Managers who seek to build teams, challenge them to innovate and strive for high performance will need to invest time and creativity in this arena. Authentic leadership will require such proactive effort.

My advice, never underestimate the power of recognition and personal appreciation. It correlates well with building effective engagement levels.

Employee Benefits – a critical part of any Total Reward Model. 12 reasons why

Employee benefits have always been an important component of the total reward package offered by Companies. These have evolved, with many traditional benefits now replaced with newer innovative ones. Regardless of their nature, employee benefits remain influential and necessary. Why? A number of compelling reasons persist:

  1. They can provide long term security for employees and their families (Pension, health, disability, death benefits etc.).
  2. They help build-out and crystallise Employer branding.
  3. They support employee attraction and retention of talent. This can be critical in a restricted labour market.
  4. They can often be provided in a tax efficient manner
  5. They can easily be outsourced to reduce internal company administration workloads.
  6. They can evolve, develop and change to match the key needs of employee population demographics.
  7. They offer much more flexibility and can be scaled upwards or downwards to match company performance or business cycles.
  8. They help differentiate companies in the marketplace and highlight where companies sit versus best marketplace practice.
  9. They are often (if designed appropriately) capable of strong cost control management.
  10. They can be offered to employees as a self-service menu option, allowing the selection of individualised benefits that mean most to each individual employee.
  11. They are open to greater creativity in terms of design, development, modification and delivery.
  12. They tend to be less aligned to Organisation Structures/levels and are well capable of being linked to performance, recognition, promotion and career progression.

Pay and benefits are key elements of a company’s compensation model. Frequently most thought and effort is targeted into the pay element. Don’t ignore the benefit element. If well designed and strategically structured, the benefit component will offer significant advantages to organisations. Taken together with progressive pay structures, it is a cornerstone of any fit for purpose HR model. Done properly it will enhance business performance and your business leaders will thank you. Done poorly it will become a non-productive expensive fixed business cost, you’re unlikely to be thanked for that.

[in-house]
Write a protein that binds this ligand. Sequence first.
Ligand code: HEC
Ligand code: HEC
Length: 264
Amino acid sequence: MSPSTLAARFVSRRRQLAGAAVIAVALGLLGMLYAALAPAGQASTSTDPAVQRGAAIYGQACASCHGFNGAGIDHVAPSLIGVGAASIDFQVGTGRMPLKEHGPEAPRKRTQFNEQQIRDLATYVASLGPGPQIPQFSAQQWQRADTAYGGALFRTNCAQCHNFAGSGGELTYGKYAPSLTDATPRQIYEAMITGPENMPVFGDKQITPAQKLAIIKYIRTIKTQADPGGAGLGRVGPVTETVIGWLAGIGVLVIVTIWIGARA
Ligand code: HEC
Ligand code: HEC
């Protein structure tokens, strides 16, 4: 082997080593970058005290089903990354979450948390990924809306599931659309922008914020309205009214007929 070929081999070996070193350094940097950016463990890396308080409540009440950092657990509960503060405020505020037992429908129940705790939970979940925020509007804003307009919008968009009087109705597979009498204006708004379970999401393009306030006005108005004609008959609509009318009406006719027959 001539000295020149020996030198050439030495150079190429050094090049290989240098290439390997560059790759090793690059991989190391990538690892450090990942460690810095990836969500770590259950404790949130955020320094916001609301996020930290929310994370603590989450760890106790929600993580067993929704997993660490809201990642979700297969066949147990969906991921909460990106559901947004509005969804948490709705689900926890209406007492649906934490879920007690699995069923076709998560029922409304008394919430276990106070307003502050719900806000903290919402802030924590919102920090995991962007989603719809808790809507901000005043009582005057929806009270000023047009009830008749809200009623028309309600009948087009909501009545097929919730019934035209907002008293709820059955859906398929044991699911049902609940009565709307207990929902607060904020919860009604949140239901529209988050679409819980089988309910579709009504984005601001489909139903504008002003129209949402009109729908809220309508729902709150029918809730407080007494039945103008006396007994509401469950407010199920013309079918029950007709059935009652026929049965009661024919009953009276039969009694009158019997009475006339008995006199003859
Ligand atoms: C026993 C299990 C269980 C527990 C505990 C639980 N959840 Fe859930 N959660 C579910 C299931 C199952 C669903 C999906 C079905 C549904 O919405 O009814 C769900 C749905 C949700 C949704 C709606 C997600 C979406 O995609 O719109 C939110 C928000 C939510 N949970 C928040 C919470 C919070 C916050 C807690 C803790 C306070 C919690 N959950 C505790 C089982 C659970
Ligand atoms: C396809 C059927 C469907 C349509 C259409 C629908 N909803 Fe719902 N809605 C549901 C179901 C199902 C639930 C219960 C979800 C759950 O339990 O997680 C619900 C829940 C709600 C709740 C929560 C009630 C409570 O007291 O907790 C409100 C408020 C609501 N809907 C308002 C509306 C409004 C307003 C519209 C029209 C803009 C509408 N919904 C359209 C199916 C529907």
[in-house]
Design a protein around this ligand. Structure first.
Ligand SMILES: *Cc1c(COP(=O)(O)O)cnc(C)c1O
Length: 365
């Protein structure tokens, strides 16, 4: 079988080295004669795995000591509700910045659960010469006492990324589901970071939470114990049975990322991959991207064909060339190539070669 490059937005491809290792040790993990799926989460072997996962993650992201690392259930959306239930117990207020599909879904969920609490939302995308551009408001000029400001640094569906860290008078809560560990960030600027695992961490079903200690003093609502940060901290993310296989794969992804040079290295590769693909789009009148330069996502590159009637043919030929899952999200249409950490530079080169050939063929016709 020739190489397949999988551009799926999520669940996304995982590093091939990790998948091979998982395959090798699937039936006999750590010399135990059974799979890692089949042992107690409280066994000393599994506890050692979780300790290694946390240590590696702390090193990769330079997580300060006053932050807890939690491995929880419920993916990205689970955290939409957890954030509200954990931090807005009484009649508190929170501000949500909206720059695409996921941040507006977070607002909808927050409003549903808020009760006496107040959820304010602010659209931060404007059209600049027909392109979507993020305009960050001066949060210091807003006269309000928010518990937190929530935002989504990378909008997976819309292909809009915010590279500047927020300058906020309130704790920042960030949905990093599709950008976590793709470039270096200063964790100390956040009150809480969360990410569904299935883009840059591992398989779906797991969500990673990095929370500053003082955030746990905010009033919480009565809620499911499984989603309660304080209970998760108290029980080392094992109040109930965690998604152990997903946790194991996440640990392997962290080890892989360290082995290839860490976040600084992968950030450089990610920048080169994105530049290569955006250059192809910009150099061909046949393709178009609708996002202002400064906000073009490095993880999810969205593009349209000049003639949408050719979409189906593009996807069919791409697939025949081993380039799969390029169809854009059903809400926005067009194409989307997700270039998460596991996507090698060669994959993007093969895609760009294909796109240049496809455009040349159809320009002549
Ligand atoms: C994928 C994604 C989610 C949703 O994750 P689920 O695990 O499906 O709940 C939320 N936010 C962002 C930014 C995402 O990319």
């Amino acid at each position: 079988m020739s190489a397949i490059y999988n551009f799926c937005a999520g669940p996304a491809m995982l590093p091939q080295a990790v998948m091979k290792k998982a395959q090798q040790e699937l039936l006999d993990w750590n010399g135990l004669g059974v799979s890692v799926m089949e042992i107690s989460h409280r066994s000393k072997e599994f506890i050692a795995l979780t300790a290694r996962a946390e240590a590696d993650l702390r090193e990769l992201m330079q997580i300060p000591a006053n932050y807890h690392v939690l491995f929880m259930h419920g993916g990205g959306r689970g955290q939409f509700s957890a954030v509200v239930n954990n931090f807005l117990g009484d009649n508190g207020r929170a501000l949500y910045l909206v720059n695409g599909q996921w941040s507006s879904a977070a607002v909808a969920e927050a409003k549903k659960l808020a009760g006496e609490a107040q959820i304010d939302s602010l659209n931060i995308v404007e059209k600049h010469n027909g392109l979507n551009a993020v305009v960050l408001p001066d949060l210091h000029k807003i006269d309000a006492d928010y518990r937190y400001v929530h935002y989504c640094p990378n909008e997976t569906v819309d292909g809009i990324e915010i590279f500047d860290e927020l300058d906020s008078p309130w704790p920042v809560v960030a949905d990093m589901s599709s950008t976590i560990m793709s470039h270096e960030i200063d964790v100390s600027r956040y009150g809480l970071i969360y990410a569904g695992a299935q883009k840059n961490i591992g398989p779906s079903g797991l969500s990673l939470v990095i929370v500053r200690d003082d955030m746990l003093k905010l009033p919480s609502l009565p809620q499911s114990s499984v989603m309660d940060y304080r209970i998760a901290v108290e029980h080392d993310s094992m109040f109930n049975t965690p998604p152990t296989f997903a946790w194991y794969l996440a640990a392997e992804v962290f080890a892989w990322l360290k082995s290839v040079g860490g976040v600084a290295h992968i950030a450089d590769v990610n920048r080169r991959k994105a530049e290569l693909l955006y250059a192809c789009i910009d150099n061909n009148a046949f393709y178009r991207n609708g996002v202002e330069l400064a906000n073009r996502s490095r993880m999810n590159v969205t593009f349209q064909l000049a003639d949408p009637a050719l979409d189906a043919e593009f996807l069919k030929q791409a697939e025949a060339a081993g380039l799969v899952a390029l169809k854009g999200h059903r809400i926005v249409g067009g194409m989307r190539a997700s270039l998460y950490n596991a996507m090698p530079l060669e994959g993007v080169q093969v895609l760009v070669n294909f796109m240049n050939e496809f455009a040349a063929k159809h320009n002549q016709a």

Food for thought?

The Latest piece of Irish Employment Legislation

INTRODUCTION

The Employment (Miscellaneous Provisions) Act 2018 was passed into Irish statute law in December 2018 and becomes the law of the land from March 2019. What’s it about and why should employers and employees familiarise themselves with its key provisions.

It is a short and simple piece of legislation, but does pack a punch and has some significant impact of certain sectors and types of employments in Ireland. Here are its top line provisions and key objectives. Overall hard to argue with any of it.

TERMS AND CONDITIONS OF EMPLOYMENT

From next month onwards all new hires will have a right to receive written notification of 5 key terms of employment, within the first 5 days of employment. Employers are now obliged to provide same within this new shorter timeframe. These terms relate to clarity around who the employer is and in particular what the contracted work hours are, daily and weekly. This obligation is new and is in addition to the existing requirement to provide written notification of 15 key terms of employment within the first 2 months of employment, as is already law. Failure to comply allows the employee seek compensation via the WRC and opens the employer to fines and/or imprisonment.

ZERO HOUR CONTRACTS

These are now effectively banned with only a few minor exceptions. These exceptions deal with situations where emergency cover is required at short notice. Industry should now no longer use these type of contracts and where they exist seek to normalise them to meet the new compliance landscape. Minimum payments and guaranteed contracted hours baselines are now introduced as protection against the use of same.

BANDED-HOUR CONTRACTS

This new piece of Irish employment legislation introduces the concept of banded hour contracts. It guarantees the employee on one of these banded hour contracts, payment for at least the minimum hours associated with the band, if actual hours worked do not reach this level. There is a range of bands with different hours associated within each band. Employees can now make a claim to be covered by one of these bands, if their average hours over the last 12 months fall into this bracket. They can make a claim from day 1 of this legislation becoming law, as they are allowed average over a 12 month period prior to the legislation commencement. Employers will need to review existing contracts and actual employee hours worked to assess if they need to adjust payments to reflect this new reality.

PENALTIES

Employers who violate the requirements imposed via this new law, will be subject to fines of up to €5k and or imprisonment of up to 12 months. Pretty severe penalties, not to be taken lightly. These fines will be administered via the Circuit Courts.

Employees can claim 4 weeks compensation where an employer is found in breach via the WRC and importantly can also claim up to 2 years remuneration compensation, where an employer is found to have penalised any employee who takes such a claim.

CONCLUSION

This new bill, the Employment (Miscellaneous Provisions) Act 2018, becomes a statute act from March 1st this year, less than one month from now. I would advise all employers to review their employment contracts and just as importantly ensure they have robust mechanisms, for easily and accurately recording actual hours worked across their employee population.

If you receive an employee claim under its provisions, are you comfortable you can defend it successfully?.